It just became more convenient to pay for fares on the red rocket. As of January 1, 2015, TTC riders are now able to purchase fares with credit and debit cards. The new payment methods are available at all 69 subway stations for riders buying at least 10 fares or any multi-fare pass.
This is welcomed news for riders and a step in the right direction to modernize Toronto’s transit system. The TTC, North America’s third-most heavily travelled urban mass transit system, is finally moving into the 1990s (albeit two decades too late).
Toronto’s new mayor, John Tory, says it’s about time the TTC moves away from its outdated cash-only system. “In a global city like Toronto, the idea that most transactions would have to take place with cash is almost prehistoric,” Mayor John Tory said. “It’s 2014, it’s Toronto, and I think people have the right to expect better than that.”
A Win-Win Situation for Riders and the TTC
As an increasingly cashless society, introducing credit and debit cards just makes sense. This will help reduce wait times at TTC stations, as riders who take advantage of the new payment options will no longer hold up lines by counting change.
If you’re a credit or debit cardholder, you’re equally excited – you’ll now be able to earn reward points when you purchase fares and passes. With the amount of money people spend on the TTC, the reward points will add up quickly. For example, if you use your 1 percent cash back credit card to purchase an adult Metropass for $133.75 12 months a year, that’s an extra $16.05 in your pocket.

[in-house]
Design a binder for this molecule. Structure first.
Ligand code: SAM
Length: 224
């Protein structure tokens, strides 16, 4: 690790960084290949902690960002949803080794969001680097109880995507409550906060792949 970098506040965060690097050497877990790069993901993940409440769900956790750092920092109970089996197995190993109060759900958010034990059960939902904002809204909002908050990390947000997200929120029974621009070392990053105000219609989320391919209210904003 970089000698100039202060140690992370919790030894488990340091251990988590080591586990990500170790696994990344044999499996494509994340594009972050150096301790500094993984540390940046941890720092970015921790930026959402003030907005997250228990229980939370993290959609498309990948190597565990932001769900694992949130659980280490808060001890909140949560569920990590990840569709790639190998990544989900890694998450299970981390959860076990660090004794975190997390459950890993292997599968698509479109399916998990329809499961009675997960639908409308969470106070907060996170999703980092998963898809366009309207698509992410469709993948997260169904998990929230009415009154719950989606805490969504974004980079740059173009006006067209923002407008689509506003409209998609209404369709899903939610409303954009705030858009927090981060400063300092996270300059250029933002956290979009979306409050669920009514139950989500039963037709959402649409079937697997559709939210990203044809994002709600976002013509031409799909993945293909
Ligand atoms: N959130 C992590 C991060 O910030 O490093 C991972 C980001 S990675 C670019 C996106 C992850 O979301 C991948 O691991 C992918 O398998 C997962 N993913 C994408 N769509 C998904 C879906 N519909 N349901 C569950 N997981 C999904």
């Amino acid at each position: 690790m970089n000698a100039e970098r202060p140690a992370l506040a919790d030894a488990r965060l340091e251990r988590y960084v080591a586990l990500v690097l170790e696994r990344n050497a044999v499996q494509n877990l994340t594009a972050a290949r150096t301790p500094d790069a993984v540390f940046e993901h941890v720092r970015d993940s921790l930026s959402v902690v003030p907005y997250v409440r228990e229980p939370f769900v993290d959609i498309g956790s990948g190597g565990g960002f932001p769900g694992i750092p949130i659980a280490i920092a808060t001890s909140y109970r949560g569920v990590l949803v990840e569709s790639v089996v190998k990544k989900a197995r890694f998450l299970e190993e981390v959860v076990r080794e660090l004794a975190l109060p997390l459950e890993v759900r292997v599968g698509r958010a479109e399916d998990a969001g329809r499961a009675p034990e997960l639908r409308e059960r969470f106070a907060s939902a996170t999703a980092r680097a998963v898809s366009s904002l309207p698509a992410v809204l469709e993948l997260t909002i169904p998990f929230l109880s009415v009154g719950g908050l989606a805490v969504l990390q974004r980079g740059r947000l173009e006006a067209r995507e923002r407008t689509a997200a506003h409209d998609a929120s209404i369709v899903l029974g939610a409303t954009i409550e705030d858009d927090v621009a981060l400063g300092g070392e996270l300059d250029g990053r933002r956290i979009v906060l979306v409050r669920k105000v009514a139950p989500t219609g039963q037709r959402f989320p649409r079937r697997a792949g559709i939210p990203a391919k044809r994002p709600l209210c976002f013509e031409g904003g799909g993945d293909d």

A lot of credit cardholders aren’t aware, but every time you swipe or tap your card, there’s a cost incurred by retailers. Retailer pay interchange fees, which typically range from 1 to 3 percent, for the ability to offer credit cards as a method of payment. While that may not seem like a lot, the interchange fees really add up over time. Municipal governments don’t allow you to pay your property taxes by credit card for that very reason – because the interchange fees would be too costly.
The good news is the introduction of credit and debit looks to be a wash. Although the new payment methods will cost the TTC about $1.5 million over the next five years, it will actually save money. Handling cash has a significant cost as it moves through the system. With fewer riders using cash, this cost will be reduced.
The TTC’s next modernization move is to accept PRESTO throughout the transit system. The goal is to reduce the usage of fares until PRESTO is the preferred way to pay, but this is still many years away.